Smoking prevalence was 0.3 percentage points lower based on self-report than on cotinine concentrations. This was consistent with results from the United States where smoking prevalence was 0.6 percentage points lower when based on self-report than on cotinine concentration.14 In England and Poland, smoking prevalence based on self-report was lower by 2.8 percentage points and 4.4 percentage points, respectively.14 The strong correlation and lack of significant differences between smoking prevalence based on self-report and cotinine concentration in the present study suggest that self-reported data provide a valid estimate of national smoking prevalence in Canada.
Although sensitivity was high (91.6%), 8.4% of respondents were classified as "false negatives" (their cotinine concentrations identified them as smokers although they reported that they did not smoke). The mean cotinine concentration was substantially lower among these false negatives (615.7 ng/ml) than among properly classified cases (1239.4 ng/ml), suggesting that heavy smokers are more likely than light smokers to report that they smoke.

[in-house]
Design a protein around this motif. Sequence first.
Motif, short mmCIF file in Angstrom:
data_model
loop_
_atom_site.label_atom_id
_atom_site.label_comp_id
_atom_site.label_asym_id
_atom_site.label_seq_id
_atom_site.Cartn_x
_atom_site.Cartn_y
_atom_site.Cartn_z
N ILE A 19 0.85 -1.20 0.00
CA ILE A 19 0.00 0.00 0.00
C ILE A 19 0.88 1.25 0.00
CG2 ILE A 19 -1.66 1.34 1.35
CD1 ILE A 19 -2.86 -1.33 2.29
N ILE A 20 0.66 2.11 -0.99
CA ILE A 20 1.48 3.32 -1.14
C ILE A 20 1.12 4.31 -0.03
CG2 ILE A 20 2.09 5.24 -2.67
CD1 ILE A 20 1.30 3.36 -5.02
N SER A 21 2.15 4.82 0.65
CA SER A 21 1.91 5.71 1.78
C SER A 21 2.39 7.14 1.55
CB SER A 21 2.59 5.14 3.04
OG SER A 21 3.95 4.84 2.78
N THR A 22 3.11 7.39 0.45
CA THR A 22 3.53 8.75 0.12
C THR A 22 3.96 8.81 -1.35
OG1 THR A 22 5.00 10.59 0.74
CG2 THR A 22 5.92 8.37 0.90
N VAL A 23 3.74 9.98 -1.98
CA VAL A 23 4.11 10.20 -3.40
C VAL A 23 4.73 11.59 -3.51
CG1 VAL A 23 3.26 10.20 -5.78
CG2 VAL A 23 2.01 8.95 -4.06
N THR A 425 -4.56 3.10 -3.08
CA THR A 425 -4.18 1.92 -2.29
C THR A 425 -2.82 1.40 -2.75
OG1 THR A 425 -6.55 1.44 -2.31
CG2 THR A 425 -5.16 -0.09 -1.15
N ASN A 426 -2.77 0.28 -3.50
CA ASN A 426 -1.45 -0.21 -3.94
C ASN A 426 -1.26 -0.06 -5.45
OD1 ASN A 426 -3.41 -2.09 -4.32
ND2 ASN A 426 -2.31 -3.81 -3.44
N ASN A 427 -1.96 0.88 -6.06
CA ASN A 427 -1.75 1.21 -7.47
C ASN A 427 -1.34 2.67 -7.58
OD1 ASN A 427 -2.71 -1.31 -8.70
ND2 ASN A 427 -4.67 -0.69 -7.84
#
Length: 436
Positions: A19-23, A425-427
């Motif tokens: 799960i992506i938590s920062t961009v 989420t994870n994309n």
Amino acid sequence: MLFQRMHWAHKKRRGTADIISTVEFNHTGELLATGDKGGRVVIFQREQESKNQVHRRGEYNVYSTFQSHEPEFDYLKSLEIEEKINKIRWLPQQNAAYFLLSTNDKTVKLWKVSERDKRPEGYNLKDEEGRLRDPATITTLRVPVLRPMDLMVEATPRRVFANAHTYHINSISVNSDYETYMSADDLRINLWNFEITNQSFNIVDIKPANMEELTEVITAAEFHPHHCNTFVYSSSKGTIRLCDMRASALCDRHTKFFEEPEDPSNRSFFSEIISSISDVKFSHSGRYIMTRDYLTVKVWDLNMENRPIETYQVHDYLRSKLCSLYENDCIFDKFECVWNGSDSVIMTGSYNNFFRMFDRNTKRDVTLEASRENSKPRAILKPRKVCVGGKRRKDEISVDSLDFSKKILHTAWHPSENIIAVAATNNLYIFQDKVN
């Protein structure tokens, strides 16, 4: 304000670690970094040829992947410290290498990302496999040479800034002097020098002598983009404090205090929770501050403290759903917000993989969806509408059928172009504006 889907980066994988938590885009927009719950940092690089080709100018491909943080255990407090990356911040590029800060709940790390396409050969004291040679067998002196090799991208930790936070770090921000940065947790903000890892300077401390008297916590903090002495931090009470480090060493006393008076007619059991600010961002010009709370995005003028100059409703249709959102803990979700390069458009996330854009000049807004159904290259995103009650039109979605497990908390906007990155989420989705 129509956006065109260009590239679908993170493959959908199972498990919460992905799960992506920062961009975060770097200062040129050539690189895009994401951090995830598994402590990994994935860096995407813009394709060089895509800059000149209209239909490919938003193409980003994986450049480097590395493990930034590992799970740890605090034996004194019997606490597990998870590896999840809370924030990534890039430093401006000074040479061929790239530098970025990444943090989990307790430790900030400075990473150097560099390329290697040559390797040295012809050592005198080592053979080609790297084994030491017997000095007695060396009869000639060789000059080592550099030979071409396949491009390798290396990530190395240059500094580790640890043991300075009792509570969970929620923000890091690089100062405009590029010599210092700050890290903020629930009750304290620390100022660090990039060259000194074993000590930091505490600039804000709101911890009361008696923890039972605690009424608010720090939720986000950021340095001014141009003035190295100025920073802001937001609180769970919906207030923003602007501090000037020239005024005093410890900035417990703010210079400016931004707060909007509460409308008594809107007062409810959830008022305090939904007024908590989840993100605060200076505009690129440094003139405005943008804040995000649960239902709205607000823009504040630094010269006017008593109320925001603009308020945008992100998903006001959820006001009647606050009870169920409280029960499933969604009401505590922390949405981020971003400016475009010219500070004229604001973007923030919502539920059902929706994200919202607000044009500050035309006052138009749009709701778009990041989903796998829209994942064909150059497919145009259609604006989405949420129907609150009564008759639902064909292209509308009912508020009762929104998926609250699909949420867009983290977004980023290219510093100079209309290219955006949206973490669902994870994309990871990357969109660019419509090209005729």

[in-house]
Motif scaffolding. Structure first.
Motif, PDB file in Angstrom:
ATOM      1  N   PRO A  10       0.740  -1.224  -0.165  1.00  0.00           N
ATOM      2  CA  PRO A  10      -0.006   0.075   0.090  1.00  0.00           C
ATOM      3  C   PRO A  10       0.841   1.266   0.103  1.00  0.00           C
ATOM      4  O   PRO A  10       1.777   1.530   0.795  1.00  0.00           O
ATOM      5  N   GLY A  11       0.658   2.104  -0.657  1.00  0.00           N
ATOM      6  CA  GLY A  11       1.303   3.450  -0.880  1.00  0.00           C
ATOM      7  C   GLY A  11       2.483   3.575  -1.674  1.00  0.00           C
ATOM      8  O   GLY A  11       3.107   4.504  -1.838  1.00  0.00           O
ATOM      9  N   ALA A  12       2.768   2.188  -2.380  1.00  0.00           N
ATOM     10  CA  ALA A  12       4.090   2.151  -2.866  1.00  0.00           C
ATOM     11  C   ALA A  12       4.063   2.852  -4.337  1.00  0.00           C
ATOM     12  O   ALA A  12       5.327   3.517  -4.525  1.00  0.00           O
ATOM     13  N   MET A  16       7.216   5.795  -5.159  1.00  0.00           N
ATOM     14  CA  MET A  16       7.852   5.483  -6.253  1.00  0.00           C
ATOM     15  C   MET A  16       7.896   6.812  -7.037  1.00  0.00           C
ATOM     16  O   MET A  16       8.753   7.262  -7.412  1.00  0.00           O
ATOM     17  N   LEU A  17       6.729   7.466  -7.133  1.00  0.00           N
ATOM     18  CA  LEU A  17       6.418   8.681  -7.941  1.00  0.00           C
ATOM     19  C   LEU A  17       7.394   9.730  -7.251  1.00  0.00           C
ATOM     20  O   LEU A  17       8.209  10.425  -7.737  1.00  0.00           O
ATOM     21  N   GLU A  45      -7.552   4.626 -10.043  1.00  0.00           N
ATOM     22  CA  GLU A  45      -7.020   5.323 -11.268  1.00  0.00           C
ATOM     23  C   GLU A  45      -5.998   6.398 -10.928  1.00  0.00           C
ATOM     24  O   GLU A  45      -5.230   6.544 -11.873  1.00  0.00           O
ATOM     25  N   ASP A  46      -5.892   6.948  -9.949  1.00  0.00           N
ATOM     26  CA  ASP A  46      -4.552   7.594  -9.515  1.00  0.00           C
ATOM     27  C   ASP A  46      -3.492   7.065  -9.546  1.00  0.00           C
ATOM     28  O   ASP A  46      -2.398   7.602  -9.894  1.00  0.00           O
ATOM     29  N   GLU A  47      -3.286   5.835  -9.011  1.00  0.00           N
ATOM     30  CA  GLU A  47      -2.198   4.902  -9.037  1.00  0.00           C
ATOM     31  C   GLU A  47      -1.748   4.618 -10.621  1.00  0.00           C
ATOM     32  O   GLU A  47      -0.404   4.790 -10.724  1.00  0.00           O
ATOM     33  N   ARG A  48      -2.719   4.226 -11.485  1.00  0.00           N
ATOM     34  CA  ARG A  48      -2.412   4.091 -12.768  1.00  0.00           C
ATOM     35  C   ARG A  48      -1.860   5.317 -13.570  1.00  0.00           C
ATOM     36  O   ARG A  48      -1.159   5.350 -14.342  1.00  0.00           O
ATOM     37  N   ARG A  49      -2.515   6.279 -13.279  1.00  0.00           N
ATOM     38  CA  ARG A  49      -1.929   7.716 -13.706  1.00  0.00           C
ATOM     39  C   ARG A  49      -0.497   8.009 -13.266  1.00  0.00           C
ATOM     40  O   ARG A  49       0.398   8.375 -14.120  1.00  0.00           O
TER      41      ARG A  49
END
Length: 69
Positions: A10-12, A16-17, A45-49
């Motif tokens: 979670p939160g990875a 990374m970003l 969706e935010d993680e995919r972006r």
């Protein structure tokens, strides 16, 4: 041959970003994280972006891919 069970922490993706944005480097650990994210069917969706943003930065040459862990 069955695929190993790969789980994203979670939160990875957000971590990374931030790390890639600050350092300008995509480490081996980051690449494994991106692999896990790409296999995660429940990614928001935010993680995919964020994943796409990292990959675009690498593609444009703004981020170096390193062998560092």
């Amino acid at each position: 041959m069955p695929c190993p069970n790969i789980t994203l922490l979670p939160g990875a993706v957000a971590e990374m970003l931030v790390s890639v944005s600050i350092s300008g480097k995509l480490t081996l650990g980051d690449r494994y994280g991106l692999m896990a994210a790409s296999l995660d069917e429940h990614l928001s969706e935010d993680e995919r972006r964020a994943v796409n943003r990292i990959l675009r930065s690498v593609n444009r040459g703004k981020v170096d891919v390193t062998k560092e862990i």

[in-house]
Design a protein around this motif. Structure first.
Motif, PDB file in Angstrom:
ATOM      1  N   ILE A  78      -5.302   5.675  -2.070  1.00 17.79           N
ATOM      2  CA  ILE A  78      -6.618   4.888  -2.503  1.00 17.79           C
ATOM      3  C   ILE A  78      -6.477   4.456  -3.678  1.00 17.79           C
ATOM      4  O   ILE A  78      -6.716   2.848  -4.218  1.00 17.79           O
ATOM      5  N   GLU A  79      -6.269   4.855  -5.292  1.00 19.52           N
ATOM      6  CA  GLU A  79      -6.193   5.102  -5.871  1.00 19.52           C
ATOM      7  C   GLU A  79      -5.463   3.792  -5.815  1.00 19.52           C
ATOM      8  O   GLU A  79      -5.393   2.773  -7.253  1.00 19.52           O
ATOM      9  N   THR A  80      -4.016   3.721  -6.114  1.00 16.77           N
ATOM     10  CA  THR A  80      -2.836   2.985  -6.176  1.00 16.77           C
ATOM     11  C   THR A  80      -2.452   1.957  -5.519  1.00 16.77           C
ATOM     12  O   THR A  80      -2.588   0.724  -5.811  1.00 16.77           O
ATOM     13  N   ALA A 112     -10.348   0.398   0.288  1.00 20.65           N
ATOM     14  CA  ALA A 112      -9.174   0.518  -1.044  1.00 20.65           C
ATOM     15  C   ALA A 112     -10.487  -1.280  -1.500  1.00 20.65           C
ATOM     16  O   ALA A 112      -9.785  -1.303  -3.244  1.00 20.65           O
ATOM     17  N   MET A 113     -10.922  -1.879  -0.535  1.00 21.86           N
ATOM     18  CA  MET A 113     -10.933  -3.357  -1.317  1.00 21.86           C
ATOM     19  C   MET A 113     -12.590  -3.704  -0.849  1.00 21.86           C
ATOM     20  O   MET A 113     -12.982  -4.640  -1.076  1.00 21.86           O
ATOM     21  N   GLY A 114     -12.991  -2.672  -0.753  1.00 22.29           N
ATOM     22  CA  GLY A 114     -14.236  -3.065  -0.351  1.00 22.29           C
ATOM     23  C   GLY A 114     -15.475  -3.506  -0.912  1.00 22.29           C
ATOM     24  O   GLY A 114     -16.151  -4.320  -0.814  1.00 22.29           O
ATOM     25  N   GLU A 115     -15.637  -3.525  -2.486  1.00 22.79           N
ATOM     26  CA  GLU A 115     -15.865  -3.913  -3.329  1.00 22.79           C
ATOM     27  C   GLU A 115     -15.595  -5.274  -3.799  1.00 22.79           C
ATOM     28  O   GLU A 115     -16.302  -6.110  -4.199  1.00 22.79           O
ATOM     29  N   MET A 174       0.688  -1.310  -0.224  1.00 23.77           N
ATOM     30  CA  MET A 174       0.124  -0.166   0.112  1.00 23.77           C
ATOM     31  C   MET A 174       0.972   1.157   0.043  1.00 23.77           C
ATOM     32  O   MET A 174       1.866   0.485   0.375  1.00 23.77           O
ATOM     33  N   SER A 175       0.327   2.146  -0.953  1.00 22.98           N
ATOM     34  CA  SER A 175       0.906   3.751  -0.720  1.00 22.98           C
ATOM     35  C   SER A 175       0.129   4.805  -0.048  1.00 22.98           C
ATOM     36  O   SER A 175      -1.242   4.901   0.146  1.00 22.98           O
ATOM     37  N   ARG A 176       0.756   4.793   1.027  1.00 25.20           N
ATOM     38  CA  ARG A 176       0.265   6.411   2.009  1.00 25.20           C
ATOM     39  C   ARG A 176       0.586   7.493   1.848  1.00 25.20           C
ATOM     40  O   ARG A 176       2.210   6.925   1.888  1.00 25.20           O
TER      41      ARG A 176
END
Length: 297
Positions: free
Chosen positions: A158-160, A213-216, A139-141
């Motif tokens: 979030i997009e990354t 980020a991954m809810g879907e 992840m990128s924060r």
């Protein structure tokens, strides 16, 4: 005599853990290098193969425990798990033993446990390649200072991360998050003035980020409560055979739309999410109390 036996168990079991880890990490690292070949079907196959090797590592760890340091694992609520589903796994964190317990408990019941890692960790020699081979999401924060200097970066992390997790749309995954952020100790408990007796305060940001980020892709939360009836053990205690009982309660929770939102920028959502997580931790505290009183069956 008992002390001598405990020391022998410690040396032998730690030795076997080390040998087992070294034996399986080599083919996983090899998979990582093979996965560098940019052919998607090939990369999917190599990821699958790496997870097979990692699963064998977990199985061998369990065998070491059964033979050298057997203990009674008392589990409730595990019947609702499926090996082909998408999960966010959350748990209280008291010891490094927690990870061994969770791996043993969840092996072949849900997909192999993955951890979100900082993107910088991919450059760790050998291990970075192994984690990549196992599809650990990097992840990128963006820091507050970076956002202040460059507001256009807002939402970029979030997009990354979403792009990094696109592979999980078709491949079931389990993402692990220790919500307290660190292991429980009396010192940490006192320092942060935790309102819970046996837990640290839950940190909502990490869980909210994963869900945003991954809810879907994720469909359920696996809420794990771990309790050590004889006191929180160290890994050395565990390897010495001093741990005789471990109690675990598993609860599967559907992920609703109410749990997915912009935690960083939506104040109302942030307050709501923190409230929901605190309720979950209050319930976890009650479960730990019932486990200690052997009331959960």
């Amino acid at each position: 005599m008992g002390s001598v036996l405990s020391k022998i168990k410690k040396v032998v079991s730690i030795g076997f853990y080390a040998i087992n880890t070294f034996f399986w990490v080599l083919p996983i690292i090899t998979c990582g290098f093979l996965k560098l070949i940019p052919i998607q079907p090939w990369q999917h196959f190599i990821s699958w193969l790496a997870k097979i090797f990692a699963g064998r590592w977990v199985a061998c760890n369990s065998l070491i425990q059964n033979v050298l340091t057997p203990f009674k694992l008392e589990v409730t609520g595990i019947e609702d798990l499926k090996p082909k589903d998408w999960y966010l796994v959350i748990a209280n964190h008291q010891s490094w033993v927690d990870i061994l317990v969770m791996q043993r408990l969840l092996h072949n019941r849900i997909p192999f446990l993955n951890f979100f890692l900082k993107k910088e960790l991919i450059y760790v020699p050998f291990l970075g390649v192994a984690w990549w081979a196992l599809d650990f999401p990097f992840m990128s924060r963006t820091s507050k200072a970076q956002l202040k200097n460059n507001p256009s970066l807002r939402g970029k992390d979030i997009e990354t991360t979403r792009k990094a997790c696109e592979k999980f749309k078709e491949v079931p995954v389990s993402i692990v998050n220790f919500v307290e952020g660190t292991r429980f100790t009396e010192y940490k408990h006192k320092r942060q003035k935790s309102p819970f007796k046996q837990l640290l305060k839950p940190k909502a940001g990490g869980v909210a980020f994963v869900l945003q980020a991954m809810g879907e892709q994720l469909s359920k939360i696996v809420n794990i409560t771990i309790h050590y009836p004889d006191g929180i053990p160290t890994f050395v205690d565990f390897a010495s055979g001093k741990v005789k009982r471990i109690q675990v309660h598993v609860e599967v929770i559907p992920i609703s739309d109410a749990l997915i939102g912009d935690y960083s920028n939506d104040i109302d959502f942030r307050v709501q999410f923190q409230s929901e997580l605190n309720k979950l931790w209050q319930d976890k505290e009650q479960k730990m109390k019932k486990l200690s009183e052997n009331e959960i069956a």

Some misreporting would be expected due to social desirability bias. Although parents/guardians were asked to leave the room when the questions on smoking were administered to respondents aged 12 to 19, some of these younger respondents may have been reluctant to report that they smoked, resulting in the lower sensitivity estimates for this age group.
However, other reasons may explain some of the false negatives. Consistent with previous research,28 a significantly higher percentage of the false negative cases reported being former smokers rather than never smokers, and the majority of these former smokers were recent quitters. Relapse is common among recent quitters.29 If some of them relapsed in the period between their household interview and mobile examination centre visit, they would have been inappropriately classified as false negatives. Similarly, smoking initiation or experimentation in this period may have resulted in some cases being inappropriately classified as false negatives, particularly among respondents aged 12 to 19.